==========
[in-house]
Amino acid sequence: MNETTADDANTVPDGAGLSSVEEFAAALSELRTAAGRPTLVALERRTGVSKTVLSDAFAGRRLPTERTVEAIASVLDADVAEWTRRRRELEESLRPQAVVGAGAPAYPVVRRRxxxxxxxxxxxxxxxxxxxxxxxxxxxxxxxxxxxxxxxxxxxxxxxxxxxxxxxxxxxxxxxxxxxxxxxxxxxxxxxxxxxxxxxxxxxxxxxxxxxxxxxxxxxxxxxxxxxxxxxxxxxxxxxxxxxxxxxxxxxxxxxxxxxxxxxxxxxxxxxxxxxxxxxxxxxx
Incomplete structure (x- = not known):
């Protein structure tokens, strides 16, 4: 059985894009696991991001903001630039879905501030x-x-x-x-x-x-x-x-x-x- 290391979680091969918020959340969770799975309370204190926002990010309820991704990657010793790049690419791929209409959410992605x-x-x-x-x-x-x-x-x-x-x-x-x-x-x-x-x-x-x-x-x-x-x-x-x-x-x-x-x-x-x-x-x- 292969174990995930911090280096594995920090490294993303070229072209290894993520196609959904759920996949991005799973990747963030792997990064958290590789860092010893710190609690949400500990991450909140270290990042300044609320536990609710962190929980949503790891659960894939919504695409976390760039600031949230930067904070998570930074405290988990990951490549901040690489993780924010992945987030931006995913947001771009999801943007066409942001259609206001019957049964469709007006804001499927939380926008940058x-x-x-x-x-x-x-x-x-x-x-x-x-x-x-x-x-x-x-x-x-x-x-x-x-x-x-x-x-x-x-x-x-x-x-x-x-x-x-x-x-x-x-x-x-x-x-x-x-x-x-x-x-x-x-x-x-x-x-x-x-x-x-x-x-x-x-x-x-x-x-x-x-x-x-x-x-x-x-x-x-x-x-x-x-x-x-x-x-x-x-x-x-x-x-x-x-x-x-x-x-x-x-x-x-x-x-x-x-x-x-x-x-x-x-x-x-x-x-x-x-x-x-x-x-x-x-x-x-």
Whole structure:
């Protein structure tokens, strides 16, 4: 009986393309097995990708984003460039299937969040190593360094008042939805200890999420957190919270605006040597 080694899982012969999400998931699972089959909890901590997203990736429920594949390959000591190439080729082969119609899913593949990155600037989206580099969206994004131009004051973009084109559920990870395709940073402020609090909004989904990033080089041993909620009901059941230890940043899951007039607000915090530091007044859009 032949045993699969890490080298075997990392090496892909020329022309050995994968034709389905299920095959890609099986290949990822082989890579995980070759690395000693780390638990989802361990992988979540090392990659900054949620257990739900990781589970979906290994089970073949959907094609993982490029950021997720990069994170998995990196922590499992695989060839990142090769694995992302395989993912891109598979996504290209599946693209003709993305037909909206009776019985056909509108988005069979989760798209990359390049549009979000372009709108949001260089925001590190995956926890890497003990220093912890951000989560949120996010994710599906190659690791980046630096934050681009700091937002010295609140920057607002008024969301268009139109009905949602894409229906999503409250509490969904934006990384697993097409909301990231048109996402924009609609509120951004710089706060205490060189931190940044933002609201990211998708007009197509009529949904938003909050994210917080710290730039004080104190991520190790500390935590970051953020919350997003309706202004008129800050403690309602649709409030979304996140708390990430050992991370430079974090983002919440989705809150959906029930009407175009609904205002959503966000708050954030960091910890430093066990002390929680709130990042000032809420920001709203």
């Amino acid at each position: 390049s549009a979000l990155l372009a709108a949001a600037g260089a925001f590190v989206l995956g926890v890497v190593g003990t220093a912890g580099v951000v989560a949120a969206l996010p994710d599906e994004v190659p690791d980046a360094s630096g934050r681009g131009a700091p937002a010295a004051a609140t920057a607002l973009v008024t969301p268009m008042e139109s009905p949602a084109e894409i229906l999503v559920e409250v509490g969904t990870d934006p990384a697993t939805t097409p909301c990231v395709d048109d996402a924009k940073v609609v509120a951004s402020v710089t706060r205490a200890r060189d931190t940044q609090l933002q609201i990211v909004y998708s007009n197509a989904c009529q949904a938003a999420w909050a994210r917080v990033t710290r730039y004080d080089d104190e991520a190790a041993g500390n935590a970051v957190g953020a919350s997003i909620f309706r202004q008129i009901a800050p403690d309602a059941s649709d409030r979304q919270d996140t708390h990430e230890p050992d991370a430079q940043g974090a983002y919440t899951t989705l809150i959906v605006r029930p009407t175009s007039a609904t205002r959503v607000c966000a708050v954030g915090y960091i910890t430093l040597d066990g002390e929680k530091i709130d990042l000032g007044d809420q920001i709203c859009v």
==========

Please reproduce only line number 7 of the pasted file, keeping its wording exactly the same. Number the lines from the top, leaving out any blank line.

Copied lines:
């Amino acid at each position: 390049s549009a979000l990155l372009a709108a949001a600037g260089a925001f590190v989206l995956g926890v890497v190593g003990t220093a912890g580099v951000v989560a949120a969206l996010p994710d599906e994004v190659p690791d980046a360094s630096g934050r681009g131009a700091p937002a010295a004051a609140t920057a607002l973009v008024t969301p268009m008042e139109s009905p949602a084109e894409i229906l999503v559920e409250v509490g969904t990870d934006p990384a697993t939805t097409p909301c990231v395709d048109d996402a924009k940073v609609v509120a951004s402020v710089t706060r205490a200890r060189d931190t940044q609090l933002q609201i990211v909004y998708s007009n197509a989904c009529q949904a938003a999420w909050a994210r917080v990033t710290r730039y004080d080089d104190e991520a190790a041993g500390n935590a970051v957190g953020a919350s997003i909620f309706r202004q008129i009901a800050p403690d309602a059941s649709d409030r979304q919270d996140t708390h990430e230890p050992d991370a430079q940043g974090a983002y919440t899951t989705l809150i959906v605006r029930p009407t175009s007039a609904t205002r959503v607000c966000a708050v954030g915090y960091i910890t430093l040597d066990g002390e929680k530091i709130d990042l000032g007044d809420q920001i709203c859009v």